Defendant specifically denied all of the testimony of the two girls about the sexual acts that were related in the State's case-in-chief. He also denied the rather involved testimony about the musical group, lotion and condom testing, and the potential modeling career for his step-daughter. Defendant further denied asking for guarantees regarding probation and imprisonment from then-ASA Giglio or Detective Jones. He explained that the computer in Franklin Park was disassembled because he was attempting to replace the hard drive. Defendant also explained that the burning smell in the kitchen, as well as the ashes in the sink and on a towel, were from an attempt to light a candle in the bedroom to create a romantic atmosphere for his wife. He had lit a piece of paper and walked toward the bedroom, but before being able to light the candle, he turned around back to the kitchen and threw the burning paper into the sink. On cross-examination, however, defendant stated he successfully lit the candle.

Defendant was found guilty by the jury of three counts of predatory criminal sexual assault, three counts of criminal sexual assault, five counts of aggravated criminal sexual abuse, and one count of child pornography. The trial court sentenced defendant to 75 years' imprisonment. This timely appeal followed.

II. ANALYSIS

A. Motion to Suppress

Defendant contends that the trial court erred in denying his motion to suppress statements he made to the police. In reviewing a motion to suppress, this court is presented with questions of law and fact. People v. Terry, 379 Ill. App. 3d 288, 292 (2008). We give great deference to factual findings by the trial court and will only reverse such findings if they are against the manifest weight of the evidence. People v. Cosby, 231 Ill. 2d 262, 270-71 (2008). We, however, review the trial court's legal determination of whether suppression is warranted under those facts de novo. Terry, 379 Ill. App. 3d at 292.

Defendant filed a motion to suppress which alleged that: (1) defendant was arrested by the Franklin Park police department; (2) defendant was subsequently questioned; (3) attorney Michael Clancy met with defendant; (4) defendant, in the presence of Clancy and Detective Jones, asserted his right to remain silent; (5) defendant signed a written assertion of his Miranda rights in the presence of Clancy and Detective Jones; and (6) defendant was subsequently questioned and made statements in violation of Edwards v. Arizona, 451 U.S. 477 (1981).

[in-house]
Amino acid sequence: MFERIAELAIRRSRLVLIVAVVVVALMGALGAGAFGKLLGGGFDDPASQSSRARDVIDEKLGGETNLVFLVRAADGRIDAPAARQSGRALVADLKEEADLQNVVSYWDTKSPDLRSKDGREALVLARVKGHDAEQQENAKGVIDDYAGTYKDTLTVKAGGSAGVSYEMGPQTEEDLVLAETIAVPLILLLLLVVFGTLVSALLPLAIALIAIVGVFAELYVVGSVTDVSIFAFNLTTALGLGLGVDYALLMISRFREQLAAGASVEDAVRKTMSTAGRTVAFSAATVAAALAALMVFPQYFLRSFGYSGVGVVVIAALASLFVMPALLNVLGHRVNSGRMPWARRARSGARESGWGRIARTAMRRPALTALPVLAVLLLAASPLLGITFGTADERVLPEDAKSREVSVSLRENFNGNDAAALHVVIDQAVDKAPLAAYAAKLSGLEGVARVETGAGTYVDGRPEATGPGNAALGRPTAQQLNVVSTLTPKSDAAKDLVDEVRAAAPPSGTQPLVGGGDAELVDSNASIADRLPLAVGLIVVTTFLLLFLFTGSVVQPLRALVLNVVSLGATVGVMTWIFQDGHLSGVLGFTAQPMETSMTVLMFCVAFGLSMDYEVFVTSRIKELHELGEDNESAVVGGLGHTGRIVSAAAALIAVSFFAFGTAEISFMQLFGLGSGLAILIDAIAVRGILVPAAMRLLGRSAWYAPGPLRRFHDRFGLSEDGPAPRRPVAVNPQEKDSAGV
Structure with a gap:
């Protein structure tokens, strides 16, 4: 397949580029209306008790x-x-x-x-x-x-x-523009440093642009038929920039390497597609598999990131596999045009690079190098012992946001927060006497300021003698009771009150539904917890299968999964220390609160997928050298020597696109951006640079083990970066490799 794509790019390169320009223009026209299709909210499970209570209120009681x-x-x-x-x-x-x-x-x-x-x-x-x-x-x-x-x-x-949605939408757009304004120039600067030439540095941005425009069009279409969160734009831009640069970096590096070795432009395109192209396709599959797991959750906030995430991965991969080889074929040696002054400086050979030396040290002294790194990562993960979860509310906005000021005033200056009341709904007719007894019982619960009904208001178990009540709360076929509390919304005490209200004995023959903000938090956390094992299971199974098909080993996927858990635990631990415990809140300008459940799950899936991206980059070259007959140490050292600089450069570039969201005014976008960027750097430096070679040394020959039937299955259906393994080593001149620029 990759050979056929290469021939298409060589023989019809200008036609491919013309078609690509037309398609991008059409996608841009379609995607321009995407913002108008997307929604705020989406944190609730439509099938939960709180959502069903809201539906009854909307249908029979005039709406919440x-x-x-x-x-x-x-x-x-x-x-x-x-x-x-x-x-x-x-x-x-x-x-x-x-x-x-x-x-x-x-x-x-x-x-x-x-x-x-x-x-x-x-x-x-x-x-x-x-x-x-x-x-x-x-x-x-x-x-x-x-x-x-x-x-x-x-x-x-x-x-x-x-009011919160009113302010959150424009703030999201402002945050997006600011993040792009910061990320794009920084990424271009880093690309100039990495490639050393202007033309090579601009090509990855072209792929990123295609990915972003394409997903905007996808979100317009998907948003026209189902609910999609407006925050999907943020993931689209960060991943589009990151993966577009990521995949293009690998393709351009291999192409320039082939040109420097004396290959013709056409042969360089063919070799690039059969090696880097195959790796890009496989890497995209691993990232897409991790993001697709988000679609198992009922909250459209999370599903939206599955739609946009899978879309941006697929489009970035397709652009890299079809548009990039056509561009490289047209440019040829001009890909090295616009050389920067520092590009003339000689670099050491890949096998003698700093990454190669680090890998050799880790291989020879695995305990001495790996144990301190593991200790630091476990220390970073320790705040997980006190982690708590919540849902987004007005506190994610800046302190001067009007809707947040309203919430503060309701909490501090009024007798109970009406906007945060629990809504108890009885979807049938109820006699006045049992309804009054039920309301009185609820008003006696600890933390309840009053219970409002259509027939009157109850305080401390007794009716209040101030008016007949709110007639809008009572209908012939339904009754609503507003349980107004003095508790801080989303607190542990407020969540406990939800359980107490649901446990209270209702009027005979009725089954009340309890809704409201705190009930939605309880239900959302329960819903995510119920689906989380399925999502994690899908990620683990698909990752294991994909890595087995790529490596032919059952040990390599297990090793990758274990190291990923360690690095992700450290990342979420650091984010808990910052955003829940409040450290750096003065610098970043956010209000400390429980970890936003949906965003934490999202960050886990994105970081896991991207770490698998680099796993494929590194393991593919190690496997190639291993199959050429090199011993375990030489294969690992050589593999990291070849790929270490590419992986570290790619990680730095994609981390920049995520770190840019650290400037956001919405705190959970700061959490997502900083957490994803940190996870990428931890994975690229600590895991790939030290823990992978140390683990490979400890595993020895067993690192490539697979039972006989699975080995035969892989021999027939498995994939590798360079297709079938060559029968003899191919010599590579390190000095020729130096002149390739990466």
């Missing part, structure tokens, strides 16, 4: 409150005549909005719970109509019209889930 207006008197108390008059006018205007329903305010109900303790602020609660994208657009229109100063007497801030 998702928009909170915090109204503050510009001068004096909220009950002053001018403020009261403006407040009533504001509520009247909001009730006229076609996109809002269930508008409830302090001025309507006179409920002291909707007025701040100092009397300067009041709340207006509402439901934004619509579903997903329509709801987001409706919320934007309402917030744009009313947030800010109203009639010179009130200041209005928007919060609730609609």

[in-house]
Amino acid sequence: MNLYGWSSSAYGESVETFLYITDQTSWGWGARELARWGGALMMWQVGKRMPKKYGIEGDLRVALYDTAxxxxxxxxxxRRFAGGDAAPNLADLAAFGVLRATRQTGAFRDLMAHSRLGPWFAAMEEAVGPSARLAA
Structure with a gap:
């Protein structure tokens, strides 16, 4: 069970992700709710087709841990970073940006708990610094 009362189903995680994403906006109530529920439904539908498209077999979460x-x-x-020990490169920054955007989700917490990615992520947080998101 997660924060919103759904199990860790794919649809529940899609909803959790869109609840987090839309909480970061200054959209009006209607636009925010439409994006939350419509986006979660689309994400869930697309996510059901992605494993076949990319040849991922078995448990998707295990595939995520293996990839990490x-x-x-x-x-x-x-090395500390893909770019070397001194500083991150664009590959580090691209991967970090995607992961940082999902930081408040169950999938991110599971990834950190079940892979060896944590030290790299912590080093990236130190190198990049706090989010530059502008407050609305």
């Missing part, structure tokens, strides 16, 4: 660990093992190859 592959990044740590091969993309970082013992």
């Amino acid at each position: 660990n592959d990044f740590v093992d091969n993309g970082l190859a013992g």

Evidence presented at the hearing on the motion to suppress revealed the following sequence of events: Detective Jones and Deputy Chief Jack Krecker met with defendant at 6:06 p.m. on October 22, 2004. Defendant was read his Miranda rights, which defendant indicated he understood. He waived his rights through a signed and initialed form and subsequently engaged in a number of conversations. Clancy received a call at 1:30 a.m. on October 23, 2004, from defendant's uncle and was subsequently retained by him on behalf of defendant. Clancy arrived at the Franklin Park police department at 3:15 a.m, and met with defendant shortly thereafter. Defendant discussed his Miranda rights with Clancy and initialed and signed a written assertion of his Miranda rights. Clancy left the police department at 3:34 a.m.

At 5:15 p.m., Detective Page entered the lockup area of the police department to take a photo of defendant for use in a photo array. Detective Page did not speak to defendant, but defendant did ask if Detective Jones was in the station. Detective Page answered affirmatively, and defendant asked if he could speak to Detective Jones. Detective Page said, "okay" and relayed the information to Detective Jones. At 9:14 p.m., Detective Jones and ASA Giglio met with defendant. Detective Jones asked defendant if he wanted to speak to them and defendant answered affirmatively. Defendant was again read his Miranda rights, which he waived, memorialized by a signed and initialed waiver form. Giglio asked defendant if he had met with an attorney, and defendant answered yes. Giglio also asked defendant if he was self-initiating the instant conversation, and defendant said yes. Defendant spoke to Detective Jones and Giglio until around 9:43 p.m., at which point defendant requested to call his attorney. Defendant was able to reach his aunt and mother, but was unable to reach Clancy, and was then returned to his cell by the police without further conversation. At 10:55 p.m., Clancy returned to the police station and although defendant denied speaking to the police, Clancy advised defendant to not speak and then reinvoked defendant's Miranda rights. Defendant argues that he did not reinitiate contact with the police prior to the evening conversation occurring on October 23, 2004, but that instead the police did when Detective Page entered his cell to take a photograph.